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0013 Marco Polo : vol.1
Marco Polo : vol.1 / Page 13 (Color Image)

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doi: 10.20676/00000271
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day. Here the great debt is to the late Cavaliere Dr Giovanni ORLANDINI of the Archivio di Stato at Venice, who has done on his side as good work as BENEDETTO has done for the text, and in two small pamphlets has thrown the work of his predecessors completely into the shade. It is a great pleasure too to acknowledge, though he cannot now read the words, his personal courtesy and kindness to me in my work at Venice, and to thank him and the staff of the Archivio for their untiring help. To our great delight the old man allowed himself to be photographed in January 1935, sitting in his accustomed place in the Archivio, and seemed to be pleased with the thought that his portrait might appear in this book which owes so much to his learning (see vol. IV pl. 21). I am allowed to translate and combine some sentences from letters which his son Luigi wrote to Sir Percival DAVID on 18 April 1937 and 5 March 1938. "In reply to your request I tell you that he was born in Venice the 27th of October 1859 and died on the 27th of January 1937 in his house in the Parish of the SS. Apostoli, in his little room, where he passed all his time in study in the midst of his manuscripts, with his notes which he had accumulated in fifty-two years of unwearied work, grieving to the last moment that he had been unable in his lifetime to realize his dream of being able to publish the fruits of his labour, that he might endow his children with a little with which to make their future secure. And another thought gave him extreme pain; to think that after him, if those notes of his should be lost, students in that ocean of documents which rest in his Archivio at the Frari would no longer be able to find that guide which would make all research easy. I tell you also that the simple funeral took place in the parish Church of the SS. Apostoli in the presence of representatives of all the chief learned societies of Venice; on the bier no flower except a few from his children. Before he was placed on the funeral barge the Director of the Archivio, Coin. Da Mosto, kindly said a few words giving a sketch of the whole of his studious life. Then he was carried to the Camposanto, to the place reserved for the Arciconfraternità di S. Cristoforo. When a stone is set up I think his name alone will be enough. I do not believe that I am misled by pride in thinking that no student will ever forget him."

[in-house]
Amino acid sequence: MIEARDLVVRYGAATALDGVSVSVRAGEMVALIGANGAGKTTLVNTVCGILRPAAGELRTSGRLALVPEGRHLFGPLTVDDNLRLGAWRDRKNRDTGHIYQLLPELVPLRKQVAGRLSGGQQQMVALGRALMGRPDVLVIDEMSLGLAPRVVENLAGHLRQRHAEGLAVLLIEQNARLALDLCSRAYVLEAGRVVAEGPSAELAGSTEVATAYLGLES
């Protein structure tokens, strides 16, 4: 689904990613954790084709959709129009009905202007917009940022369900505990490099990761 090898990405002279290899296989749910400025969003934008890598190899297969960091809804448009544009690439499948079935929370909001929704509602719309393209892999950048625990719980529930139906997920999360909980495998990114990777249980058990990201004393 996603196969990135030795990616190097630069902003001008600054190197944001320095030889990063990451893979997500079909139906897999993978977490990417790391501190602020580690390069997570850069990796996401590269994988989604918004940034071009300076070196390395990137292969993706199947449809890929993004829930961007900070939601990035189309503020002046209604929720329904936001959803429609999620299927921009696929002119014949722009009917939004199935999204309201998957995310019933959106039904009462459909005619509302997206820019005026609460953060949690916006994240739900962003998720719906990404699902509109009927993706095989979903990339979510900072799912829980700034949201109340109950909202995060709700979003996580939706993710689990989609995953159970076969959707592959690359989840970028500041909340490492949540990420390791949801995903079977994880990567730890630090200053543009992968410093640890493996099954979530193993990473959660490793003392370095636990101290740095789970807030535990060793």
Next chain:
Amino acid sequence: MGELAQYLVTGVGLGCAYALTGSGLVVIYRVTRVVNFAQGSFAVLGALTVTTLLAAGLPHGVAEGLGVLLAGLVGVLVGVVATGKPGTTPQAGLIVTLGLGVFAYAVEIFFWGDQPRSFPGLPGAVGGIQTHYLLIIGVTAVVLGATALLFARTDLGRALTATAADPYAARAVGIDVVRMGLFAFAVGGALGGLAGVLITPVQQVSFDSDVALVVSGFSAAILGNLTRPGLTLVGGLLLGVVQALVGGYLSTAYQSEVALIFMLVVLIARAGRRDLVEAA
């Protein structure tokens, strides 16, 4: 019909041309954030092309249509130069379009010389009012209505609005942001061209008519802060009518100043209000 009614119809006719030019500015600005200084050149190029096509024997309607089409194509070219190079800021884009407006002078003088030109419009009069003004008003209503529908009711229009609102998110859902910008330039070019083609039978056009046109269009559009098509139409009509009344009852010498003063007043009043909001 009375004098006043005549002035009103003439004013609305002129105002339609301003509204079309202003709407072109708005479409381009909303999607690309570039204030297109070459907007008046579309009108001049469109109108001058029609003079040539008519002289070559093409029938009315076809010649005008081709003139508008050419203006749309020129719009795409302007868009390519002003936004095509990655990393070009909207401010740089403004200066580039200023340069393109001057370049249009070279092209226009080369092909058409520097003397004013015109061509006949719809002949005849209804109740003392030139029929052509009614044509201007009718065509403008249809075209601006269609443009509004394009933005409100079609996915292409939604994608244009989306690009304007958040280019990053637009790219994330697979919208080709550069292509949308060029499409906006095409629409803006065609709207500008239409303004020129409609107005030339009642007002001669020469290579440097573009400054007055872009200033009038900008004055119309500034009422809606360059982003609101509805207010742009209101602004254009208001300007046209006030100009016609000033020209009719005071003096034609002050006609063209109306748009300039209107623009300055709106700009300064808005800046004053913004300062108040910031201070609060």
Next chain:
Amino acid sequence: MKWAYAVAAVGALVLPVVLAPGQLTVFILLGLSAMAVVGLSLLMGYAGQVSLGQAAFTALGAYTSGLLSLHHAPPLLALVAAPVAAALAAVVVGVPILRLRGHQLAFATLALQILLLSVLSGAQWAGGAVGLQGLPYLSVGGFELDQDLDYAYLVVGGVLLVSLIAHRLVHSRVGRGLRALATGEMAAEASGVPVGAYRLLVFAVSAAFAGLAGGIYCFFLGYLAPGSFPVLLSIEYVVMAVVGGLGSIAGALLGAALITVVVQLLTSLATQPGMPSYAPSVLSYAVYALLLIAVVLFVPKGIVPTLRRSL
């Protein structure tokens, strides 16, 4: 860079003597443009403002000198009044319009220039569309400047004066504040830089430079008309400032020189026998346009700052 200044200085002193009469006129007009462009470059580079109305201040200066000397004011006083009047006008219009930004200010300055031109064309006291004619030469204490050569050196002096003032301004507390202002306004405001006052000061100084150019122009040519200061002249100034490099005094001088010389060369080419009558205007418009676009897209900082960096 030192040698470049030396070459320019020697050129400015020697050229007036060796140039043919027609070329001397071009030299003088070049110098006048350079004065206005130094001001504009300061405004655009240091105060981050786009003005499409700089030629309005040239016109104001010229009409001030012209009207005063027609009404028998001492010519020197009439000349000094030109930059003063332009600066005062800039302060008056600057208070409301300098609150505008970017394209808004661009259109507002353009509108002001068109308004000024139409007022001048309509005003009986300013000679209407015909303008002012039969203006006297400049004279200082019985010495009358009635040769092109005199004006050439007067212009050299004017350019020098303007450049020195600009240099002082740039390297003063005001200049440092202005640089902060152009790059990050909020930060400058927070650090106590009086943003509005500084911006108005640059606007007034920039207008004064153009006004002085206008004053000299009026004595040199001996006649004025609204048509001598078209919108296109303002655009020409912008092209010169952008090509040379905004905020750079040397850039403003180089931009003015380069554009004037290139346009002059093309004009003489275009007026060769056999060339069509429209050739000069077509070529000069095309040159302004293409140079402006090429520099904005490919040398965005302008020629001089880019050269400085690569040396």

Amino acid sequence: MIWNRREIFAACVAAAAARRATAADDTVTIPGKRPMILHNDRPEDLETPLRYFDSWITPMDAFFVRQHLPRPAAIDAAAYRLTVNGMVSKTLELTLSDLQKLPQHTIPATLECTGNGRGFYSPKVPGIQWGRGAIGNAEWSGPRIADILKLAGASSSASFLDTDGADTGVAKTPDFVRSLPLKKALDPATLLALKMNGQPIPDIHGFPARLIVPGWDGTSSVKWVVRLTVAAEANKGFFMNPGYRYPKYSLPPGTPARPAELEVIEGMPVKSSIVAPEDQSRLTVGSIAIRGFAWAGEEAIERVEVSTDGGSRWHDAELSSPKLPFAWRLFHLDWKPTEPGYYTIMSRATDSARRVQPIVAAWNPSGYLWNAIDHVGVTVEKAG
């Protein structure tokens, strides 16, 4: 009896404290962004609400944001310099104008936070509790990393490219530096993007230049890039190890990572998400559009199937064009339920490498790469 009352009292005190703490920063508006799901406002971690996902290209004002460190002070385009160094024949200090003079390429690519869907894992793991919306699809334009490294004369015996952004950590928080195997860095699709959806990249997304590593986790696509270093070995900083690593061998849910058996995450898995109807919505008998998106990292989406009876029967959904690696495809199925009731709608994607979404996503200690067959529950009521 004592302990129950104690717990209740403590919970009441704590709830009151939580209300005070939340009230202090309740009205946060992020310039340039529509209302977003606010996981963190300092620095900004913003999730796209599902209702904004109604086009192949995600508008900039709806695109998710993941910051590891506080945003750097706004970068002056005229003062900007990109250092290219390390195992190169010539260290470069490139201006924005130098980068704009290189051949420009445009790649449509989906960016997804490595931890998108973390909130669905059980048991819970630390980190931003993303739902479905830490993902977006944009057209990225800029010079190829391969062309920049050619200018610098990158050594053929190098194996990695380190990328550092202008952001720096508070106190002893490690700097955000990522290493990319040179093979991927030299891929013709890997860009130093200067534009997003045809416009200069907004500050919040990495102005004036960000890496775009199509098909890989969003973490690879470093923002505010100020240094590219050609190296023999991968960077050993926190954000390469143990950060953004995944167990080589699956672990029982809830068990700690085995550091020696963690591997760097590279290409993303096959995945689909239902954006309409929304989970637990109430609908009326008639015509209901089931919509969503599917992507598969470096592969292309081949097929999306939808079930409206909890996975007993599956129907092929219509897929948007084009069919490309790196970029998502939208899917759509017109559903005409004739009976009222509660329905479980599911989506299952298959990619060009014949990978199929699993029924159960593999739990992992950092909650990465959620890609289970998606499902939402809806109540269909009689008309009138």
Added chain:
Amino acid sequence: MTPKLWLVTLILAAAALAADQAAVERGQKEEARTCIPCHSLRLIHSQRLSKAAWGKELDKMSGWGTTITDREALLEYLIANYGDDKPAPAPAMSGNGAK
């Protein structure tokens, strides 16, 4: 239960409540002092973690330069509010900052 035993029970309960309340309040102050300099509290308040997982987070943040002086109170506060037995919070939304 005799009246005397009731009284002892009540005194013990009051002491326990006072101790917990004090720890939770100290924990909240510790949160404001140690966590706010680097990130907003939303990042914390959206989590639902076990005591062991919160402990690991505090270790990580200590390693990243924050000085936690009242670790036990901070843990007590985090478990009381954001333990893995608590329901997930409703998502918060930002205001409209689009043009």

The short paragraphs on the spelling of proper names both in the translation and in the original text of F seemed to be required for the moment, but will be enlarged by the more learned and authoritative pen of Professor PELLIOT when the third volume appears. It will easily be believed how very great a pleasure it has been to me to be associated with PELLIOT in this work, and it would be mere impertinence of me to expatiate here on the value of his Notes on the Proper Names and Oriental Words which will fill 400 or 500 pages of the third volume